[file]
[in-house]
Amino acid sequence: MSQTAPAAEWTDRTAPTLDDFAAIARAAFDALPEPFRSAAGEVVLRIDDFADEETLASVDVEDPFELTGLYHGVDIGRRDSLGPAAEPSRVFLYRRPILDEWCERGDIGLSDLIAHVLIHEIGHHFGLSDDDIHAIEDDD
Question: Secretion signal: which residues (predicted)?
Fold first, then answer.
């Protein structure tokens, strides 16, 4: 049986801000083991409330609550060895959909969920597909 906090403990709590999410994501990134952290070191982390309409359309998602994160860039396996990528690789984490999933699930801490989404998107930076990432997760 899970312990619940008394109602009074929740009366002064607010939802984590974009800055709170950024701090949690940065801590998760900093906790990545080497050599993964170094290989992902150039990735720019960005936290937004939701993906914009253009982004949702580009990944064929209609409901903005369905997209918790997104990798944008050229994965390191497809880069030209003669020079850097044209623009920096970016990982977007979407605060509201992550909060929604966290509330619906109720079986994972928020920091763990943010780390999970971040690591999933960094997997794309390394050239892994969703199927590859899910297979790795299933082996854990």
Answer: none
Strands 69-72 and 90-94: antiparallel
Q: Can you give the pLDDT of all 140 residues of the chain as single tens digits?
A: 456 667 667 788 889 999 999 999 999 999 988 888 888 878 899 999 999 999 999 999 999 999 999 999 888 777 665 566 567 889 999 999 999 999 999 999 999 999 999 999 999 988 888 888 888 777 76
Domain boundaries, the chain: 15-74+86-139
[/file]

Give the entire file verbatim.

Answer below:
[in-house]
Amino acid sequence: MSQTAPAAEWTDRTAPTLDDFAAIARAAFDALPEPFRSAAGEVVLRIDDFADEETLASVDVEDPFELTGLYHGVDIGRRDSLGPAAEPSRVFLYRRPILDEWCERGDIGLSDLIAHVLIHEIGHHFGLSDDDIHAIEDDD
Question: Secretion signal: which residues (predicted)?
Fold first, then answer.
């Protein structure tokens, strides 16, 4: 049986801000083991409330609550060895959909969920597909 906090403990709590999410994501990134952290070191982390309409359309998602994160860039396996990528690789984490999933699930801490989404998107930076990432997760 899970312990619940008394109602009074929740009366002064607010939802984590974009800055709170950024701090949690940065801590998760900093906790990545080497050599993964170094290989992902150039990735720019960005936290937004939701993906914009253009982004949702580009990944064929209609409901903005369905997209918790997104990798944008050229994965390191497809880069030209003669020079850097044209623009920096970016990982977007979407605060509201992550909060929604966290509330619906109720079986994972928020920091763990943010780390999970971040690591999933960094997997794309390394050239892994969703199927590859899910297979790795299933082996854990």
Answer: none
Strands 69-72 and 90-94: antiparallel
Q: Can you give the pLDDT of all 140 residues of the chain as single tens digits?
A: 456 667 667 788 889 999 999 999 999 999 988 888 888 878 899 999 999 999 999 999 999 999 999 999 888 777 665 566 567 889 999 999 999 999 999 999 999 999 999 999 999 988 888 888 888 777 76
Domain boundaries, the chain: 15-74+86-139